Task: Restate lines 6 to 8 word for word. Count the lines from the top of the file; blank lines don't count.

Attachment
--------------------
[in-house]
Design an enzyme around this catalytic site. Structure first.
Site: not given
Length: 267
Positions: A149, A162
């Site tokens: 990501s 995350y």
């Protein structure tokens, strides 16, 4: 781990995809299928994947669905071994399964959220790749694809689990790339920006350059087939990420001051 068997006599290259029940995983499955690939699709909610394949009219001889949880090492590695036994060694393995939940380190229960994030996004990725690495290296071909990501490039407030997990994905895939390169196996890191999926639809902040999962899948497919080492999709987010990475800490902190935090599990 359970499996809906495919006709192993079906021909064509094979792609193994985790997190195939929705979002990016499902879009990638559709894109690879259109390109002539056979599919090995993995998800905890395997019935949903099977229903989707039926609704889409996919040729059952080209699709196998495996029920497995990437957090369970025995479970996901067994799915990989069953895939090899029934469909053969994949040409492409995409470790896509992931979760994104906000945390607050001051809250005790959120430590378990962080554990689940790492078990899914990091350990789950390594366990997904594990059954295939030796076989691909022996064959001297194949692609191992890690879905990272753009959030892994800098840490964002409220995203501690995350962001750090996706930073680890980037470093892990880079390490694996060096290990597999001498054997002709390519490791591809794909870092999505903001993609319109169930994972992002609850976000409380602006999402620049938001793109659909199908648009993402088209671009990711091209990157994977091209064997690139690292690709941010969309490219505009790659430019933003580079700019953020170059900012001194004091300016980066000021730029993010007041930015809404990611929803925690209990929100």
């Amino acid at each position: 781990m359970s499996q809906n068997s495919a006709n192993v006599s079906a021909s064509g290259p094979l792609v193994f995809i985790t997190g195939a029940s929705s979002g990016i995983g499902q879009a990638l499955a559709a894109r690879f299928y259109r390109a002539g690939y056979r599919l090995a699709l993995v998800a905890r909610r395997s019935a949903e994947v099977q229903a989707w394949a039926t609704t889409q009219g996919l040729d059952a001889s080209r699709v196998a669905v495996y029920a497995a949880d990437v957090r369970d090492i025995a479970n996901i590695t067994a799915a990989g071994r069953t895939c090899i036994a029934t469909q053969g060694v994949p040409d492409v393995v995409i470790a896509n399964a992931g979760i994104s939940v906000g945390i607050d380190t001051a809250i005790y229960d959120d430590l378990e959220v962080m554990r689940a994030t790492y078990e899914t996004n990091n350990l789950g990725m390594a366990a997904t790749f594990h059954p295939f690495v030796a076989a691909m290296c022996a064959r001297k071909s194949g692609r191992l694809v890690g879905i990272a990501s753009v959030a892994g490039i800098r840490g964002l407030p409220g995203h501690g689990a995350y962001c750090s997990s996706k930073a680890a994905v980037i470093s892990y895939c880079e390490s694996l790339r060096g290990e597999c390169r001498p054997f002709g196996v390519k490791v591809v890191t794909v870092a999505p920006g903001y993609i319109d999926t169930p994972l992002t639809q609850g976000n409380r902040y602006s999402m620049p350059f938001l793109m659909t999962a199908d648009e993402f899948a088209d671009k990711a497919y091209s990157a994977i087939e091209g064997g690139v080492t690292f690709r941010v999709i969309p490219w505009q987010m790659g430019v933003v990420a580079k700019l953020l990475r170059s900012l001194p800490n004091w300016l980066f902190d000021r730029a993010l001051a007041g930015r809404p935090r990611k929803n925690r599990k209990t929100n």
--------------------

């Site tokens: 990501s 995350y």
């Protein structure tokens, strides 16, 4: 781990995809299928994947669905071994399964959220790749694809689990790339920006350059087939990420001051 068997006599290259029940995983499955690939699709909610394949009219001889949880090492590695036994060694393995939940380190229960994030996004990725690495290296071909990501490039407030997990994905895939390169196996890191999926639809902040999962899948497919080492999709987010990475800490902190935090599990 359970499996809906495919006709192993079906021909064509094979792609193994985790997190195939929705979002990016499902879009990638559709894109690879259109390109002539056979599919090995993995998800905890395997019935949903099977229903989707039926609704889409996919040729059952080209699709196998495996029920497995990437957090369970025995479970996901067994799915990989069953895939090899029934469909053969994949040409492409995409470790896509992931979760994104906000945390607050001051809250005790959120430590378990962080554990689940790492078990899914990091350990789950390594366990997904594990059954295939030796076989691909022996064959001297194949692609191992890690879905990272753009959030892994800098840490964002409220995203501690995350962001750090996706930073680890980037470093892990880079390490694996060096290990597999001498054997002709390519490791591809794909870092999505903001993609319109169930994972992002609850976000409380602006999402620049938001793109659909199908648009993402088209671009990711091209990157994977091209064997690139690292690709941010969309490219505009790659430019933003580079700019953020170059900012001194004091300016980066000021730029993010007041930015809404990611929803925690209990929100």
């Amino acid at each position: 781990m359970s499996q809906n068997s495919a006709n192993v006599s079906a021909s064509g290259p094979l792609v193994f995809i985790t997190g195939a029940s929705s979002g990016i995983g499902q879009a990638l499955a559709a894109r690879f299928y259109r390109a002539g690939y056979r599919l090995a699709l993995v998800a905890r909610r395997s019935a949903e994947v099977q229903a989707w394949a039926t609704t889409q009219g996919l040729d059952a001889s080209r699709v196998a669905v495996y029920a497995a949880d990437v957090r369970d090492i025995a479970n996901i590695t067994a799915a990989g071994r069953t895939c090899i036994a029934t469909q053969g060694v994949p040409d492409v393995v995409i470790a896509n399964a992931g979760i994104s939940v906000g945390i607050d380190t001051a809250i005790y229960d959120d430590l378990e959220v962080m554990r689940a994030t790492y078990e899914t996004n990091n350990l789950g990725m390594a366990a997904t790749f594990h059954p295939f690495v030796a076989a691909m290296c022996a064959r001297k071909s194949g692609r191992l694809v890690g879905i990272a990501s753009v959030a892994g490039i800098r840490g964002l407030p409220g995203h501690g689990a995350y962001c750090s997990s996706k930073a680890a994905v980037i470093s892990y895939c880079e390490s694996l790339r060096g290990e597999c390169r001498p054997f002709g196996v390519k490791v591809v890191t794909v870092a999505p920006g903001y993609i319109d999926t169930p994972l992002t639809q609850g976000n409380r902040y602006s999402m620049p350059f938001l793109m659909t999962a199908d648009e993402f899948a088209d671009k990711a497919y091209s990157a994977i087939e091209g064997g690139v080492t690292f690709r941010v999709i969309p490219w505009q987010m790659g430019v933003v990420a580079k700019l953020l990475r170059s900012l001194p800490n004091w300016l980066f902190d000021r730029a993010l001051a007041g930015r809404p935090r990611k929803n925690r599990k209990t929100n």